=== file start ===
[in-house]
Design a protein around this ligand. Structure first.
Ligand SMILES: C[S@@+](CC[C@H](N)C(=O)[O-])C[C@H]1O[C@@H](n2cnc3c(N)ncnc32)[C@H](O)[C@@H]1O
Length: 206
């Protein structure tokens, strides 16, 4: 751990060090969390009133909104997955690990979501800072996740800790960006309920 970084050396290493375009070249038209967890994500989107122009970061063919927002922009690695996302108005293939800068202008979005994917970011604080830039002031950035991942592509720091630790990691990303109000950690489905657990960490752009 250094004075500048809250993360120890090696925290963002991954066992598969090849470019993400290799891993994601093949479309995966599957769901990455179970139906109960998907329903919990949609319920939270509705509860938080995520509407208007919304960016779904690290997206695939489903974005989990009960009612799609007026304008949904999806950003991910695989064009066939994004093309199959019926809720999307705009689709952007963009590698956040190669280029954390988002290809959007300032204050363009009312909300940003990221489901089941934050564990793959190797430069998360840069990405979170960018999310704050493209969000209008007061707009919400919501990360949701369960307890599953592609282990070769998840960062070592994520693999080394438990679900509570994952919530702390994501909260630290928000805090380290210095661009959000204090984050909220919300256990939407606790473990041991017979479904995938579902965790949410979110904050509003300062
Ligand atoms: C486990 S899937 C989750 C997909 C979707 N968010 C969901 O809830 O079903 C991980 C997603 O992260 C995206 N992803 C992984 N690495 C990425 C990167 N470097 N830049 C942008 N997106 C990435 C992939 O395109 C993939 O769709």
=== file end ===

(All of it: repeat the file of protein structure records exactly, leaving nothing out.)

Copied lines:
[in-house]
Design a protein around this ligand. Structure first.
Ligand SMILES: C[S@@+](CC[C@H](N)C(=O)[O-])C[C@H]1O[C@@H](n2cnc3c(N)ncnc32)[C@H](O)[C@@H]1O
Length: 206
């Protein structure tokens, strides 16, 4: 751990060090969390009133909104997955690990979501800072996740800790960006309920 970084050396290493375009070249038209967890994500989107122009970061063919927002922009690695996302108005293939800068202008979005994917970011604080830039002031950035991942592509720091630790990691990303109000950690489905657990960490752009 250094004075500048809250993360120890090696925290963002991954066992598969090849470019993400290799891993994601093949479309995966599957769901990455179970139906109960998907329903919990949609319920939270509705509860938080995520509407208007919304960016779904690290997206695939489903974005989990009960009612799609007026304008949904999806950003991910695989064009066939994004093309199959019926809720999307705009689709952007963009590698956040190669280029954390988002290809959007300032204050363009009312909300940003990221489901089941934050564990793959190797430069998360840069990405979170960018999310704050493209969000209008007061707009919400919501990360949701369960307890599953592609282990070769998840960062070592994520693999080394438990679900509570994952919530702390994501909260630290928000805090380290210095661009959000204090984050909220919300256990939407606790473990041991017979479904995938579902965790949410979110904050509003300062
Ligand atoms: C486990 S899937 C989750 C997909 C979707 N968010 C969901 O809830 O079903 C991980 C997603 O992260 C995206 N992803 C992984 N690495 C990425 C990167 N470097 N830049 C942008 N997106 C990435 C992939 O395109 C993939 O769709």